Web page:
Afternoon roundup: Ombud complaints down, filmmaker knocks WETA

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• In his annual review of objectivity and balance in CPB-funded programming, CPB Ombudsman Joel Kaplan noted “far fewer complaints directed at public media,” continuing a trend of the past few years. “Whether that is because public media has improved in this area; people have grown tired of complaining about a lack of balance; or there were just not that many controversial stories this year is not clear,” he noted.

Looking back over 2013’s controversies, Kaplan also criticized NPR’s reaction to a lengthy report by its own ombudsman that found fault with an award-winning NPR investigation. As Ombudsman Edward Schumacher-Matos reviewed the three-part series about South Dakota’s foster-care system for Native American children, he “took the unusual step of re-reporting the story,” Kaplan wrote. NPR execs called the ombud’s report “deeply flawed”and said little would be gained “from a point-by-point response to his claims.” However, Kaplan countered, “That is exactly what NPR should have done.”

A photograph from the files of the Mississippi Sovereignty Commission, the subject of Spies of Mississippi. (Photo: ITVS)

A photograph from the files of the Mississippi Sovereignty Commission, the subject of the documentary Spies of Mississippi. (Photo: ITVS)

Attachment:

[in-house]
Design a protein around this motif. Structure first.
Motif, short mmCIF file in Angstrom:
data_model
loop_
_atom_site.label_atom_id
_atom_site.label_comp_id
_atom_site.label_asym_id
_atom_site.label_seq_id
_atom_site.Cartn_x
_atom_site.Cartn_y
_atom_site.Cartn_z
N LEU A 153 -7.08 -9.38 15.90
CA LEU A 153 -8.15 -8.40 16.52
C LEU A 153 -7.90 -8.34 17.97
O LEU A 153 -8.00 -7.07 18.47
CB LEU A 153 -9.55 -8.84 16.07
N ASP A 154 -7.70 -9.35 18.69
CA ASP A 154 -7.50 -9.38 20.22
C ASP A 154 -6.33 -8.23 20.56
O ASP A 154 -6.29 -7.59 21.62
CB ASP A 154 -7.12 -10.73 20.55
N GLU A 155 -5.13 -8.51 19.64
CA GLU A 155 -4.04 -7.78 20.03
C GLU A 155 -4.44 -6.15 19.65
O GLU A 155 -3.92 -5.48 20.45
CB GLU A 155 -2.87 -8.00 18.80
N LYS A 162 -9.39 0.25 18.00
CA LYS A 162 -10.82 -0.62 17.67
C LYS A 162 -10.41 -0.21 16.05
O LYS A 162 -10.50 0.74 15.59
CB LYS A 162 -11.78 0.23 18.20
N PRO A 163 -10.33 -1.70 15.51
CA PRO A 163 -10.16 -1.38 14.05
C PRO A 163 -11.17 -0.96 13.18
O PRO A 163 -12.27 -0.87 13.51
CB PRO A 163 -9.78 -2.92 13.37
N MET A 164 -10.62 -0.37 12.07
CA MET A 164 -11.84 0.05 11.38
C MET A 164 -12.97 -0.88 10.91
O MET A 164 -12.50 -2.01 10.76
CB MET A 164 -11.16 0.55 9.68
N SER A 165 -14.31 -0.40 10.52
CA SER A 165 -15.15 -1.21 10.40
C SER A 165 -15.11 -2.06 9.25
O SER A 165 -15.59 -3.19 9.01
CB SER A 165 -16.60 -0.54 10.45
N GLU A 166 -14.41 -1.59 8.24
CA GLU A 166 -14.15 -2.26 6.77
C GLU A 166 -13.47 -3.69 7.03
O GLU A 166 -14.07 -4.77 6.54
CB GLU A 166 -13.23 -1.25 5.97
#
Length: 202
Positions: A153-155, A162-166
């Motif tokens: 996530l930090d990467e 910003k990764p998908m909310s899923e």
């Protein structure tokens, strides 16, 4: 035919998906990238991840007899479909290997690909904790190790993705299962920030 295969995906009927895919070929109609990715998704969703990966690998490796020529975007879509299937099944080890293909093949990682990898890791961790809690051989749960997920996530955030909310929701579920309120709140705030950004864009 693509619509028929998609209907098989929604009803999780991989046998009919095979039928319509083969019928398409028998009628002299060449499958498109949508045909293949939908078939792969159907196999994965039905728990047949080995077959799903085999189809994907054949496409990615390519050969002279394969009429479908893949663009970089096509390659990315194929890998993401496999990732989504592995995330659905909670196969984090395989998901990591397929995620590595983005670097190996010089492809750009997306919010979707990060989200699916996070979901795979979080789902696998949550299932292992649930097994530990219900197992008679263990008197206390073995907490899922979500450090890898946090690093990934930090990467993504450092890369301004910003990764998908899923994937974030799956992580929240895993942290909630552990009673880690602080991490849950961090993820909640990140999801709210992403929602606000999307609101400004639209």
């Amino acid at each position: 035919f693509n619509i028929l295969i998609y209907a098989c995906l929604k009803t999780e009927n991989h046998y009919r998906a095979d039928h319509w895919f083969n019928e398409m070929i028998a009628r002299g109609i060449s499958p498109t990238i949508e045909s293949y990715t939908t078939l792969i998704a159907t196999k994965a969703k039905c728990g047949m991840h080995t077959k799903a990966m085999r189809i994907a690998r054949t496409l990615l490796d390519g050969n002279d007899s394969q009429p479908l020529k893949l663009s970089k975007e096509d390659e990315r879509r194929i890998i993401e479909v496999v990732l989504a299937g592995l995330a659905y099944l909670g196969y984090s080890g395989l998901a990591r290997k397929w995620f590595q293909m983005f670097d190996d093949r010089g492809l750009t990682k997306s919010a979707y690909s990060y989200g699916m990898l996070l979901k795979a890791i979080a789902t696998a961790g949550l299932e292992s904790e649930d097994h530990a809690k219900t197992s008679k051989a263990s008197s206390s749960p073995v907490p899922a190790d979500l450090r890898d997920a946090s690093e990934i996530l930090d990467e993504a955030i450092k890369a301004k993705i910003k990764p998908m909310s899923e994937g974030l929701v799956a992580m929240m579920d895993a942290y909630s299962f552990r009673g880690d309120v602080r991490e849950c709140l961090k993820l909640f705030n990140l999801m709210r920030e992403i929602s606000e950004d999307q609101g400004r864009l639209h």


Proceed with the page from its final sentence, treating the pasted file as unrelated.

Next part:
• The filmmaker behind Spies of Mississippi, premiering Monday on Independent Lens, has written an open letter to WETA in suburban Washington, D.C., asking why the TV station will not be airing her documentary or other Black History Month content in primetime.

“Multiple Emmy Award-winning strands POV and Independent Lens have curated a series of important programs of depth and substance pertaining to Black History Month and yet your audience must hunt to find them,” wrote director Dawn Porter. “If stations such as WETA are going to bury the programming that seeks to share untold stories of underrepresented groups, then who CAN we count on to support this mission?”

Porter’s doc examines the Mississippi State Sovereignty Commission, created to preserve segregation in the 1950s, which spied on 87,000 Americans over a decade.

UPDATE: WETA spokesperson Kate Kelly told Current the station runs Independent Lens and the other pubTV doc showcase, POV, at 11 p.m. Saturdays, “with a strong lead-in” from the popular Britcom Doc Martin. Kelly said WETA is airing 21 shows over 39 hours about black history throughout February. Some shows are in the Independent Lens slot, while others will run between 11 a.m. and 5 p.m. on weekends. “We’re proud of the job we’re doing” honoring the month, which is an “annual tradition” for WETA, she said.

The Atlantic kicked off a three-week look into the American Archive of Public Broadcasting Friday, highlighting one clip per day, according to Rebecca Rosen, a senior associate editor. First up: Edward R. Murrow speaking the first words as WNDT (later WNET), the first pubTV station in the New York metropolitan area, went on the air. A classic.

• A local public library is helping save volunteer-run WYOU Community Television in Madison, Wisc., reports the Daily Page. The PEG (public, educational, government access) station, on the air for nearly 40 years, hit a funding crisis in 2010 when the state discontinued funding for PEG channels. WYOU volunteers are now working out of a media lab in Madison’s new Central Library, which WYOU Board President Barbara Vedder calls “a beautiful room, all this top-notch equipment, state-of-the-art cameras, computers, editing software, and a green screen . . . they have everything that’s needed.”

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